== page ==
Do Atheists Have Faith?

jonathan_hili

Well-known member
I agree that it is a matter of definition. If you consider that faith is belief in something despite a lack of convincing evidence, then you have a tolerably useful definition that sorts theists from non-theists, flat-earthers from non-flat-earthers and those who believe in life on other worlds from those who don't. This begs the question of what constitutes convincing evidence, but to my mind, if the evidence was convincing, then most people would believe it.

If on the other hand you hold that it is faith to not believe in something despite there being no convincing evidence against its existence, then you have a completely useless definition. I don't believe in the tooth fairy, the Loch Ness monster, God or Russell's space teapot. I have no evidence for the non-existence of these things, or for the millions of other things I don't believe in from goblins to Ganesh. I suspect that virtually everything I don't believe in, without evidence, is similar to what every other person on the planet does not believe in without evidence; with a bit of shuffling around the margins. If this lack of belief constitutes "faith", then that devalues what we currently think of as faith to something like having bowel movements, something that we all have but don't need to talk about unless they become unhealthy.
The problem is no people really use faith as believing "in something despite a lack of convincing evidence". If people believe in something, they are convinced by whatever evidence is presented (even if others don't find it persuasive). "Blind faith" is actually - from a religious (well, at least Catholic) perspective - frowned upon. Even flat-earthers, for example, will put forward evidence for their beliefs and try to counter evidence contrary.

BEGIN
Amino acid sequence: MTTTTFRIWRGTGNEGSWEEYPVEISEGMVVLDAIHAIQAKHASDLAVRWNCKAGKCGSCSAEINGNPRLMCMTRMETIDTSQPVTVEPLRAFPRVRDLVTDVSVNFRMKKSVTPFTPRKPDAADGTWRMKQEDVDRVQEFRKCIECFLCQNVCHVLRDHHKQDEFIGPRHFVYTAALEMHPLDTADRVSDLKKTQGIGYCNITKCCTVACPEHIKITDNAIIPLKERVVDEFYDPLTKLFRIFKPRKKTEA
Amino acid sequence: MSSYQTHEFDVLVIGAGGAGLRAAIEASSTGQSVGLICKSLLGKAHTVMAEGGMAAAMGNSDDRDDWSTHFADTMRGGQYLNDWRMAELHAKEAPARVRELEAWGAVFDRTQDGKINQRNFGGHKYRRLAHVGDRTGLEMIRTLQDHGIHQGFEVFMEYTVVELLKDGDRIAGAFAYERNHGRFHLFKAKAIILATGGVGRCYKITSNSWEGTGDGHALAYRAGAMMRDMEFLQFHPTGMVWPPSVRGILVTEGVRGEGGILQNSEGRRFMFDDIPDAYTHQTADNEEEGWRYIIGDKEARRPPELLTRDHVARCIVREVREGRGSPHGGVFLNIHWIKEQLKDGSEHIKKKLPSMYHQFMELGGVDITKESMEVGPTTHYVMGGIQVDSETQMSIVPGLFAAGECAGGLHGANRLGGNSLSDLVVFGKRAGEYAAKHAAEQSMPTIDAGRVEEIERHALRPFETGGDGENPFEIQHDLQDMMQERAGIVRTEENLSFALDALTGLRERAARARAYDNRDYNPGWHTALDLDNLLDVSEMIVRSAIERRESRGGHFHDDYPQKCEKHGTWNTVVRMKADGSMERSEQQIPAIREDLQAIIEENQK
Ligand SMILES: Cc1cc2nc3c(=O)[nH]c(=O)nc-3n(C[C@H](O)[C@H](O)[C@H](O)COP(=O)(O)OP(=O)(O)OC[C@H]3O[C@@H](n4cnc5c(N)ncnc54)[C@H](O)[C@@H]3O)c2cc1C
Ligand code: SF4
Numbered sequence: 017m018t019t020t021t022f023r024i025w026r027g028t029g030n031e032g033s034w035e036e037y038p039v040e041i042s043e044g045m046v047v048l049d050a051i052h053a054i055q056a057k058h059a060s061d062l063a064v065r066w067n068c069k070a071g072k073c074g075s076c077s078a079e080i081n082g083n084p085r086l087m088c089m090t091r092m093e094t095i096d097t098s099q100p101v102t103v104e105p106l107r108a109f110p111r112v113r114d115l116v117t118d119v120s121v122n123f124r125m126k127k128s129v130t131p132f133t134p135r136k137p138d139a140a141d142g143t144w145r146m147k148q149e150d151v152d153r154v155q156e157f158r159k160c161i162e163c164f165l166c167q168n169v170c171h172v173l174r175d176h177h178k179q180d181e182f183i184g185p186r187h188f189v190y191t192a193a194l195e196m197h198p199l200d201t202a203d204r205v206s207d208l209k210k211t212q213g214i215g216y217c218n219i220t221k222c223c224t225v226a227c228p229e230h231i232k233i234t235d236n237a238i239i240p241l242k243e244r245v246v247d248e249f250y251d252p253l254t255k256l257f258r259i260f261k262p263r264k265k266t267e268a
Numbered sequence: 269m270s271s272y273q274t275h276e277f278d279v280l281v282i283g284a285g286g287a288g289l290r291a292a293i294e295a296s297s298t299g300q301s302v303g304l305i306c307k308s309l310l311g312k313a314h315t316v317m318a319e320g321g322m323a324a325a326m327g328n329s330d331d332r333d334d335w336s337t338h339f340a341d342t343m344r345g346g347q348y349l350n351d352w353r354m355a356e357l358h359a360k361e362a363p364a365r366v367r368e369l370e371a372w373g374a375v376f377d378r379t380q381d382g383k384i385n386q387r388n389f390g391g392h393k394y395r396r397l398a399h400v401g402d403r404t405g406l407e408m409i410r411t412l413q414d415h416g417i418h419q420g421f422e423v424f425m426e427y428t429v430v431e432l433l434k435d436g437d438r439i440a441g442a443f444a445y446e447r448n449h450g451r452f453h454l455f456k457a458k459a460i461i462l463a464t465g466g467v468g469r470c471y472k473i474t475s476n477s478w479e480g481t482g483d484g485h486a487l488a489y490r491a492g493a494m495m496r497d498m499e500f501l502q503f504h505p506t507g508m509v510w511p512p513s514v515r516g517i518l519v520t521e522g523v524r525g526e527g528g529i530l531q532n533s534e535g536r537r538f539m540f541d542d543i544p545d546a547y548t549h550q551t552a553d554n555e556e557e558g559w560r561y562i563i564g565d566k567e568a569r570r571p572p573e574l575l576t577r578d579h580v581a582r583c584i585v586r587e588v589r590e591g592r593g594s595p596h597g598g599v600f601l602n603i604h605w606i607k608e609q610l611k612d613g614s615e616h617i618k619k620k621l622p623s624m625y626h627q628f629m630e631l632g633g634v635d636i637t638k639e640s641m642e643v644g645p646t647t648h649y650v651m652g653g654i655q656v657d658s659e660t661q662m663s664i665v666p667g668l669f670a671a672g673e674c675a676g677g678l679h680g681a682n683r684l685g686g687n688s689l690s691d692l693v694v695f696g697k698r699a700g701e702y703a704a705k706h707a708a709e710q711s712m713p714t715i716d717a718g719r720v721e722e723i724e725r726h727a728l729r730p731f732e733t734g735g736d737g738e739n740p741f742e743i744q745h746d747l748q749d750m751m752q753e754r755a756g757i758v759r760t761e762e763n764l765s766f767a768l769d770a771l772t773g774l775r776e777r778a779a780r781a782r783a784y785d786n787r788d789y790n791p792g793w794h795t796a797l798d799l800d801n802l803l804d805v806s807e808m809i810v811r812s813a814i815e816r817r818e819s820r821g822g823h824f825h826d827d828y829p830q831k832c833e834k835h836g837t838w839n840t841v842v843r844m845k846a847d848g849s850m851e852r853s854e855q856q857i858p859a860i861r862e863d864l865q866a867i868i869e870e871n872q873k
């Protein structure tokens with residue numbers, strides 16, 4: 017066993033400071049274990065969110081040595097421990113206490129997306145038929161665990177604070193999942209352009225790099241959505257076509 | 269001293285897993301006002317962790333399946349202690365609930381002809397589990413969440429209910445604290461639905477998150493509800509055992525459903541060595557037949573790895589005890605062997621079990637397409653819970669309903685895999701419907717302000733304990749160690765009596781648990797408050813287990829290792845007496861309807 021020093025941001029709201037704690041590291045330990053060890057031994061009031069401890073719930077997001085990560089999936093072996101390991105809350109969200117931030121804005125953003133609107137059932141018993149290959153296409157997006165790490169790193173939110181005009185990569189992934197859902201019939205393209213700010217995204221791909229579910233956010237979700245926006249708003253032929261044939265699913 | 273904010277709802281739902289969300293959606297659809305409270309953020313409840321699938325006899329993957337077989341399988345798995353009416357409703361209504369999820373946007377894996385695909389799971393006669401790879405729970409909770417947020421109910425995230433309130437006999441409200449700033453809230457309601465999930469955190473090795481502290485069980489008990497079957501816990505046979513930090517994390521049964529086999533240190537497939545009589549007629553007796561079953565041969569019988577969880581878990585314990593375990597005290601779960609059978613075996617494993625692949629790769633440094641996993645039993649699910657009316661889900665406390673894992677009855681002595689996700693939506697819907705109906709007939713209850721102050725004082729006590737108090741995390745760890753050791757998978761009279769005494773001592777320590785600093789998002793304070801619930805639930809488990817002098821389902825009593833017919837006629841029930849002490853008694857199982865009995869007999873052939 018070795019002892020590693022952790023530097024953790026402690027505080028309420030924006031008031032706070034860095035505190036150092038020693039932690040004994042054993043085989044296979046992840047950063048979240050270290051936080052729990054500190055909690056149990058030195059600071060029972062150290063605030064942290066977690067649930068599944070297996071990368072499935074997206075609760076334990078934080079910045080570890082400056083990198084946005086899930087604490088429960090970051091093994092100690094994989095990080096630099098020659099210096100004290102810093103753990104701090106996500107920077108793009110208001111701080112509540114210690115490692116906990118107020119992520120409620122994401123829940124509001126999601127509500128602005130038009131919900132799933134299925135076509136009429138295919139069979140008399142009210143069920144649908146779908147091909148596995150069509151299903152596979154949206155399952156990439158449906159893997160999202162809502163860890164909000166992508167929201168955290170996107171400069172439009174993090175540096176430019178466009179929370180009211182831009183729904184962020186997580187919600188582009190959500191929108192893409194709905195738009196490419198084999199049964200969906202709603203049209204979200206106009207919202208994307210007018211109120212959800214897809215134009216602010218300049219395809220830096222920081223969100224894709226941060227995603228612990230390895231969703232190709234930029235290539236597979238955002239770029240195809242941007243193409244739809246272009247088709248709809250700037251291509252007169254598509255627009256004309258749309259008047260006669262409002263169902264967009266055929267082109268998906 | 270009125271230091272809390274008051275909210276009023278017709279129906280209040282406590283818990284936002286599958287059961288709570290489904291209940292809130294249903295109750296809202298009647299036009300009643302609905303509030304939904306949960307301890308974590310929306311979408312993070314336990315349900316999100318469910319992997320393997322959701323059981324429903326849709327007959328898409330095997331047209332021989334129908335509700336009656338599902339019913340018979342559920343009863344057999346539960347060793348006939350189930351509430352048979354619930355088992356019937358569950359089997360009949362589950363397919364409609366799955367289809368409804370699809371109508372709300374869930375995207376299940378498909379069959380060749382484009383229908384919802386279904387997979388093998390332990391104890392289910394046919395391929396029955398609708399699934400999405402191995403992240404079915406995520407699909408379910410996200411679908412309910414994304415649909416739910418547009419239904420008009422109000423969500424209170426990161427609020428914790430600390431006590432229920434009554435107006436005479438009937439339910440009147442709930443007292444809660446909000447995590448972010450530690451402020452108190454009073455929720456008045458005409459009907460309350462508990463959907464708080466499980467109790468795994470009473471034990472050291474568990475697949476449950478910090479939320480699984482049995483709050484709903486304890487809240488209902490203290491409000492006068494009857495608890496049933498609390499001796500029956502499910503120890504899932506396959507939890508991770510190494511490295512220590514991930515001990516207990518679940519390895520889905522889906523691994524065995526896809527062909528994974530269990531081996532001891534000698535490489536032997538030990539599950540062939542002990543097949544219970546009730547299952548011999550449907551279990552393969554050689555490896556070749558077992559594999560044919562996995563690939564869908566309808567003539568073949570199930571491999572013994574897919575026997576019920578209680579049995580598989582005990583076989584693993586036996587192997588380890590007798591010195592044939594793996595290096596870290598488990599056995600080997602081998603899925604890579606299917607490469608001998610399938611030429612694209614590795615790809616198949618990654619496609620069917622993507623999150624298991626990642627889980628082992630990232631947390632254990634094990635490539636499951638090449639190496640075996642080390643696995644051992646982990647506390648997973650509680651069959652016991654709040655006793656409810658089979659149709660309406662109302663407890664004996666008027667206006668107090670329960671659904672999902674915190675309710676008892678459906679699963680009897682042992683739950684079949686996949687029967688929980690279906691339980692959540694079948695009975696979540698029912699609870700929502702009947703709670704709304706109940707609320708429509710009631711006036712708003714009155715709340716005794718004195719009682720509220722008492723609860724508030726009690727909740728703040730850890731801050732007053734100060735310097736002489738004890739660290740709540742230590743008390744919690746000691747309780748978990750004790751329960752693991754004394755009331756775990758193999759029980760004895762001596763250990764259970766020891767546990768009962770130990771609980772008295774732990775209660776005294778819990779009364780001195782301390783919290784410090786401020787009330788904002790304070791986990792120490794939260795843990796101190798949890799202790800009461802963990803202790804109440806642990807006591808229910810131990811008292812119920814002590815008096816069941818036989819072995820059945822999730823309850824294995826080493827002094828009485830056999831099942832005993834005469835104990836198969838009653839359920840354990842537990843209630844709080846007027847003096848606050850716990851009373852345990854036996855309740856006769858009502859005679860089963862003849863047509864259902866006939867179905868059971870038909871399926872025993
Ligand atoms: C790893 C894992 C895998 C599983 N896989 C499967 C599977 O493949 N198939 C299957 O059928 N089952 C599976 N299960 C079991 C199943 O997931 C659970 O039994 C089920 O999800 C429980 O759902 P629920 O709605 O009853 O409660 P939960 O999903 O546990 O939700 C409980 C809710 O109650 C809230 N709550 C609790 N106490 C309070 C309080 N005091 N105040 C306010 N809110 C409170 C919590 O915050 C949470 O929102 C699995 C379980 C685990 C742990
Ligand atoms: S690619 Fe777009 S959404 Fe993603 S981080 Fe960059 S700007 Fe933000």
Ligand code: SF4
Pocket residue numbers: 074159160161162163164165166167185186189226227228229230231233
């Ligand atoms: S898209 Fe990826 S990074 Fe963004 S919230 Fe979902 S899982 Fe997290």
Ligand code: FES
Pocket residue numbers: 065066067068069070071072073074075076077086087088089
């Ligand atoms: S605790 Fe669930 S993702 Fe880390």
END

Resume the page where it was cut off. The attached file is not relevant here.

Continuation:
You raise a good point about what constitutes convincing evidence. I think evidence can be objectively assessed as weak-to-strong, however, I think there's also a subjective element to the question, as what persuades a person is also dependent on their background, how they think, prior knowledge, etc.
 

Whateverman

Well-known member
It depends on what you mean by "faith". If by "faith" you mean "confidence and trust" in something, obviously they do. However, if by "faith" you mean some kind of religious adherence or the theological virtue, then I'd say "no".
Thank you, JH. Your posts (in my experience) are always reasonable and kind, and they're welcomed here.

ps. as an atheist, if there's anything on the face of this planet which has the power to get me to question my lack of belief in the gods described here at CARM, it's behavior like yours.
 

jonathan_hili

Well-known member
Thank you, JH. Your posts (in my experience) are always reasonable and kind, and they're welcomed here.

ps. as an atheist, if there's anything on the face of this planet which has the power to get me to question my lack of belief in the gods described here at CARM, it's behavior like yours.
Thanks Whatever for the generous words. As I've said many times, I think atheists and Catholic/Orthodox Christians probably get along better on CARM than Catholics/Orthodox do with the evangelical Christians because (a) we both respect the role of reason, (b) we are interested in arguments and evidence, and (c) we don't think that just because you hold a contrary view you are going to hell.
 
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